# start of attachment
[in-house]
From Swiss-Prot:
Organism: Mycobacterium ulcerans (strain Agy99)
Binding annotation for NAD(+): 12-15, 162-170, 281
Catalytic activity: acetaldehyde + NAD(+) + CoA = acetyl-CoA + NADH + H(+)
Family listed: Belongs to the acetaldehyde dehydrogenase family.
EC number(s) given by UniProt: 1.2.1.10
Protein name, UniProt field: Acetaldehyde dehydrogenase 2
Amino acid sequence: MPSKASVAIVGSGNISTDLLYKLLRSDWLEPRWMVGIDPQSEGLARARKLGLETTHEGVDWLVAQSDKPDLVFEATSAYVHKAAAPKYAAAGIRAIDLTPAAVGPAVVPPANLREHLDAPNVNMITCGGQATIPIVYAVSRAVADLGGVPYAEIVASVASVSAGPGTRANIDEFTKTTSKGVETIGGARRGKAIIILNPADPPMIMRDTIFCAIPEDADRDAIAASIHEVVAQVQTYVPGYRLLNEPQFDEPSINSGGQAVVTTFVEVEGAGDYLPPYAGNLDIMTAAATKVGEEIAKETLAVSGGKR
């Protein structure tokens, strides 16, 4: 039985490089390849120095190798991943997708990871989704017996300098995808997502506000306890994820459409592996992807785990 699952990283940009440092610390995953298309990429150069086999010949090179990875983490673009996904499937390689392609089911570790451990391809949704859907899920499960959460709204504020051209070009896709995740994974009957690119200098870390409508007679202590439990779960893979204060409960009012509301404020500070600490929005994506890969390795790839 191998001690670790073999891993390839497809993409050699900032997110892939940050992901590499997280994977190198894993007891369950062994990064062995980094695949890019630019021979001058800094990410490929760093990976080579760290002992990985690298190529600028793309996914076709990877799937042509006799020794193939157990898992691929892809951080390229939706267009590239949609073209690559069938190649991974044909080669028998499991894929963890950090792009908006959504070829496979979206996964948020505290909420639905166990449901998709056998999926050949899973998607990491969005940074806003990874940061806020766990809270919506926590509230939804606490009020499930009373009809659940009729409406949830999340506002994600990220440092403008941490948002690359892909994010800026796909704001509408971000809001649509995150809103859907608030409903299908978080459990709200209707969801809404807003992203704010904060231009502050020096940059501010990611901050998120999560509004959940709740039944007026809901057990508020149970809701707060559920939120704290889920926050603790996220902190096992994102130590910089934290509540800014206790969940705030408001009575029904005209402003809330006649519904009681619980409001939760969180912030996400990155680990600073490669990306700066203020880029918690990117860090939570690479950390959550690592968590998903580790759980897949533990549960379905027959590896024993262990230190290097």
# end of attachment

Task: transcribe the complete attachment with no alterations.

[in-house]
From Swiss-Prot:
Organism: Mycobacterium ulcerans (strain Agy99)
Binding annotation for NAD(+): 12-15, 162-170, 281
Catalytic activity: acetaldehyde + NAD(+) + CoA = acetyl-CoA + NADH + H(+)
Family listed: Belongs to the acetaldehyde dehydrogenase family.
EC number(s) given by UniProt: 1.2.1.10
Protein name, UniProt field: Acetaldehyde dehydrogenase 2
Amino acid sequence: MPSKASVAIVGSGNISTDLLYKLLRSDWLEPRWMVGIDPQSEGLARARKLGLETTHEGVDWLVAQSDKPDLVFEATSAYVHKAAAPKYAAAGIRAIDLTPAAVGPAVVPPANLREHLDAPNVNMITCGGQATIPIVYAVSRAVADLGGVPYAEIVASVASVSAGPGTRANIDEFTKTTSKGVETIGGARRGKAIIILNPADPPMIMRDTIFCAIPEDADRDAIAASIHEVVAQVQTYVPGYRLLNEPQFDEPSINSGGQAVVTTFVEVEGAGDYLPPYAGNLDIMTAAATKVGEEIAKETLAVSGGKR
């Protein structure tokens, strides 16, 4: 039985490089390849120095190798991943997708990871989704017996300098995808997502506000306890994820459409592996992807785990 699952990283940009440092610390995953298309990429150069086999010949090179990875983490673009996904499937390689392609089911570790451990391809949704859907899920499960959460709204504020051209070009896709995740994974009957690119200098870390409508007679202590439990779960893979204060409960009012509301404020500070600490929005994506890969390795790839 191998001690670790073999891993390839497809993409050699900032997110892939940050992901590499997280994977190198894993007891369950062994990064062995980094695949890019630019021979001058800094990410490929760093990976080579760290002992990985690298190529600028793309996914076709990877799937042509006799020794193939157990898992691929892809951080390229939706267009590239949609073209690559069938190649991974044909080669028998499991894929963890950090792009908006959504070829496979979206996964948020505290909420639905166990449901998709056998999926050949899973998607990491969005940074806003990874940061806020766990809270919506926590509230939804606490009020499930009373009809659940009729409406949830999340506002994600990220440092403008941490948002690359892909994010800026796909704001509408971000809001649509995150809103859907608030409903299908978080459990709200209707969801809404807003992203704010904060231009502050020096940059501010990611901050998120999560509004959940709740039944007026809901057990508020149970809701707060559920939120704290889920926050603790996220902190096992994102130590910089934290509540800014206790969940705030408001009575029904005209402003809330006649519904009681619980409001939760969180912030996400990155680990600073490669990306700066203020880029918690990117860090939570690479950390959550690592968590998903580790759980897949533990549960379905027959590896024993262990230190290097």